The choreography and performance of religion: power and ritual within American Pentecostal worship practice

UNCG Author/Contributor (non-UNCG co-authors, if there are any, appear on document)
Sarah Jeanette Dove (Creator)
The University of North Carolina at Greensboro (UNCG )
Web Site:
Jill Green

Abstract: Over eight weeks and within four different churches, I observed American Pentecostal worship in Columbus, Ohio and Greensboro, North Carolina through the lens of dance. Specifically, dance is used as a means to discuss cultural practices that are not regularly associated with or interpreted as dance. Using the docile bodies theory by Michel Foucault, this research expands upon the way that bodies are conditioned to practice correct behavior as a part of Pentecostal worship. This study draws upon the postulations of Judith Butler in discussing gender performativity. Additionally, a framework suggested by Susan Leigh Foster to use dance, specifically choreographic practice, as a means to examine and dissect cultural phenomena is utilized. These theories allow for a rich and diverse explanation for the action of collected and individual bodies within cultural practice. Using these combined theories to interpret Pentecostal worship, this study isolates the roles of power and ritual as directly related to ideas of choreography and performance in dance. This research discusses constructions of power through spatial positioning and social conditioning as related to the choreographic process. It then examines ritual action as performed behavior in direct relation to the power that has been enacted. From the positioning of bodies in space, to the actions of those bodies, the focus of this study is the demystification of spontaneous acts within Pentecostal worship in the U.S.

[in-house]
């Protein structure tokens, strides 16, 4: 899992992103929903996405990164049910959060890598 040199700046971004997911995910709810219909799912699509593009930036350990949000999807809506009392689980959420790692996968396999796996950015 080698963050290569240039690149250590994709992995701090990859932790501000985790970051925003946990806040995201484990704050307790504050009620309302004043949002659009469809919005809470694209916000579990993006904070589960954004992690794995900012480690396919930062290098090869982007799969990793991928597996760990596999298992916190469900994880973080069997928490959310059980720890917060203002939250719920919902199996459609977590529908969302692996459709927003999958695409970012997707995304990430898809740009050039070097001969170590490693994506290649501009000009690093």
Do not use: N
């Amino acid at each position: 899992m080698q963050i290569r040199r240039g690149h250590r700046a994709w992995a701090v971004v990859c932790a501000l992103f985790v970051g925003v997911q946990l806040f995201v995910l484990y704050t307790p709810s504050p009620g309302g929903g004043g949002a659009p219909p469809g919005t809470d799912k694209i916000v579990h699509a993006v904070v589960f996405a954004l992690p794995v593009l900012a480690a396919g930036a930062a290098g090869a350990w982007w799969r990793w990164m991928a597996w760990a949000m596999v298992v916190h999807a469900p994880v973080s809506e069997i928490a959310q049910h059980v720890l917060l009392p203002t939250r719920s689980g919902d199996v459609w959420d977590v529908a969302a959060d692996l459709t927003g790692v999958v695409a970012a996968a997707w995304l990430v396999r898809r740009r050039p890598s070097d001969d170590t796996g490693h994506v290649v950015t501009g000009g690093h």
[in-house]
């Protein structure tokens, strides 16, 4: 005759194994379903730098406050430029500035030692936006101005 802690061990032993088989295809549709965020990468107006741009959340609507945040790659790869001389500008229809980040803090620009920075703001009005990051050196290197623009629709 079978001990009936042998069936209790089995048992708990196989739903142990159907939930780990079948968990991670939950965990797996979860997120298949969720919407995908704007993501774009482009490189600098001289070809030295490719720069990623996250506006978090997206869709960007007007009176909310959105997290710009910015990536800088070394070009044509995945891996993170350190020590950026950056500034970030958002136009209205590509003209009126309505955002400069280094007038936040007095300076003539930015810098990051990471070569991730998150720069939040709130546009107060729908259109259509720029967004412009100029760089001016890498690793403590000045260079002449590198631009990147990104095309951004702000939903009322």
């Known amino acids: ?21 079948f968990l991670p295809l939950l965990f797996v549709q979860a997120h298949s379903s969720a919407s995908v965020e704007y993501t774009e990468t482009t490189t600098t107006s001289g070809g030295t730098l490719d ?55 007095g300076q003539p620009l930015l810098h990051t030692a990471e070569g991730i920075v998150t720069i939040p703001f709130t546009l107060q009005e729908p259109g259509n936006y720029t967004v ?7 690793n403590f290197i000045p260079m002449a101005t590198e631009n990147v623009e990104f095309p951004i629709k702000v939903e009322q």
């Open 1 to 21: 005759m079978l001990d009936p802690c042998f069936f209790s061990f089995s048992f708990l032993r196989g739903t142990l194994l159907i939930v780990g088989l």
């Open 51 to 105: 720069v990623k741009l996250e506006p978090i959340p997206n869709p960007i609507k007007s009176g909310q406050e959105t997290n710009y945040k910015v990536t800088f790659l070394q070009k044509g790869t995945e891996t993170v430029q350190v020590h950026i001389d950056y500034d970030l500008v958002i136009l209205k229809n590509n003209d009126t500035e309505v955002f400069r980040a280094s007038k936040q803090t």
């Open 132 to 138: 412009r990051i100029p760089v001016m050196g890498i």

Additional Information

Language: English
Date: 2015
Choreography, Dance, Pentecostalism, Performance, Power, Ritual
Dance $x Religious aspects $x Pentecostalism

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